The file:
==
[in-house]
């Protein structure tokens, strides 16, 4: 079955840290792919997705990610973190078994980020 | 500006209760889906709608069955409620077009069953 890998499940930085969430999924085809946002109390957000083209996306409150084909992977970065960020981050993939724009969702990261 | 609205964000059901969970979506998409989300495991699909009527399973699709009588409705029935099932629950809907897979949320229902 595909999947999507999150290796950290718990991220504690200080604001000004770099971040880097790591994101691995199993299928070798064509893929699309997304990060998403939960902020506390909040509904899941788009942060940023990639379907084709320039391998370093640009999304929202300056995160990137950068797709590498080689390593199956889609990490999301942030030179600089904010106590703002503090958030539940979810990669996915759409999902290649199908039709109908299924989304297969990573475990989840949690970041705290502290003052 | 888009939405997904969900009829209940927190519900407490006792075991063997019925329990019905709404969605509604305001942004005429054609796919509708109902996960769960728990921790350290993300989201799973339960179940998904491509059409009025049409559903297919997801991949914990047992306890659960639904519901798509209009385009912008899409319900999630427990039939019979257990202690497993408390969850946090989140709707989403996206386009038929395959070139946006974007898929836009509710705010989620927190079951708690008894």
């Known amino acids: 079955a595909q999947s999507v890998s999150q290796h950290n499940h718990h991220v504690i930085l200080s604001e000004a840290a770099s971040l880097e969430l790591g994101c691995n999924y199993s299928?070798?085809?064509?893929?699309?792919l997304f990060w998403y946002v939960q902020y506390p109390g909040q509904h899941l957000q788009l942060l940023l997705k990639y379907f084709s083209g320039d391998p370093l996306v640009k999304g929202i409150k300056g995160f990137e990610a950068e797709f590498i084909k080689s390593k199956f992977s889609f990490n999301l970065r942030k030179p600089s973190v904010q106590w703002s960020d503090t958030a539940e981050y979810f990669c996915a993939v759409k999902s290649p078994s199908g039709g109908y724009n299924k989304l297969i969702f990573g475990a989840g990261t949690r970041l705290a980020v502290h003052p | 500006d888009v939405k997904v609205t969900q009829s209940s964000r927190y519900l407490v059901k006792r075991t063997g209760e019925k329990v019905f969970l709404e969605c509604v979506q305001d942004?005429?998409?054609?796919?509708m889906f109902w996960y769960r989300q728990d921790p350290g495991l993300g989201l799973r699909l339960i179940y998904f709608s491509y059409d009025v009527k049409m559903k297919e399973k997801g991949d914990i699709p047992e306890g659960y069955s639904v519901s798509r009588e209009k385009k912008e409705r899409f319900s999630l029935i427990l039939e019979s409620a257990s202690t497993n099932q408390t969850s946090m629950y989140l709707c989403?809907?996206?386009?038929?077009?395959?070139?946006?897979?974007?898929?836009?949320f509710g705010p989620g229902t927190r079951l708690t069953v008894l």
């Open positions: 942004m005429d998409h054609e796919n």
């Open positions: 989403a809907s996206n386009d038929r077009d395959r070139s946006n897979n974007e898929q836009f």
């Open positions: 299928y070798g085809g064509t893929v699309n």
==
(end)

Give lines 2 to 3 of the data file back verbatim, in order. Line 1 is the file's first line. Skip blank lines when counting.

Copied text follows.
């Protein structure tokens, strides 16, 4: 079955840290792919997705990610973190078994980020 | 500006209760889906709608069955409620077009069953 890998499940930085969430999924085809946002109390957000083209996306409150084909992977970065960020981050993939724009969702990261 | 609205964000059901969970979506998409989300495991699909009527399973699709009588409705029935099932629950809907897979949320229902 595909999947999507999150290796950290718990991220504690200080604001000004770099971040880097790591994101691995199993299928070798064509893929699309997304990060998403939960902020506390909040509904899941788009942060940023990639379907084709320039391998370093640009999304929202300056995160990137950068797709590498080689390593199956889609990490999301942030030179600089904010106590703002503090958030539940979810990669996915759409999902290649199908039709109908299924989304297969990573475990989840949690970041705290502290003052 | 888009939405997904969900009829209940927190519900407490006792075991063997019925329990019905709404969605509604305001942004005429054609796919509708109902996960769960728990921790350290993300989201799973339960179940998904491509059409009025049409559903297919997801991949914990047992306890659960639904519901798509209009385009912008899409319900999630427990039939019979257990202690497993408390969850946090989140709707989403996206386009038929395959070139946006974007898929836009509710705010989620927190079951708690008894």
């Known amino acids: 079955a595909q999947s999507v890998s999150q290796h950290n499940h718990h991220v504690i930085l200080s604001e000004a840290a770099s971040l880097e969430l790591g994101c691995n999924y199993s299928?070798?085809?064509?893929?699309?792919l997304f990060w998403y946002v939960q902020y506390p109390g909040q509904h899941l957000q788009l942060l940023l997705k990639y379907f084709s083209g320039d391998p370093l996306v640009k999304g929202i409150k300056g995160f990137e990610a950068e797709f590498i084909k080689s390593k199956f992977s889609f990490n999301l970065r942030k030179p600089s973190v904010q106590w703002s960020d503090t958030a539940e981050y979810f990669c996915a993939v759409k999902s290649p078994s199908g039709g109908y724009n299924k989304l297969i969702f990573g475990a989840g990261t949690r970041l705290a980020v502290h003052p | 500006d888009v939405k997904v609205t969900q009829s209940s964000r927190y519900l407490v059901k006792r075991t063997g209760e019925k329990v019905f969970l709404e969605c509604v979506q305001d942004?005429?998409?054609?796919?509708m889906f109902w996960y769960r989300q728990d921790p350290g495991l993300g989201l799973r699909l339960i179940y998904f709608s491509y059409d009025v009527k049409m559903k297919e399973k997801g991949d914990i699709p047992e306890g659960y069955s639904v519901s798509r009588e209009k385009k912008e409705r899409f319900s999630l029935i427990l039939e019979s409620a257990s202690t497993n099932q408390t969850s946090m629950y989140l709707c989403?809907?996206?386009?038929?077009?395959?070139?946006?897979?974007?898929?836009?949320f509710g705010p989620g229902t927190r079951l708690t069953v008894l």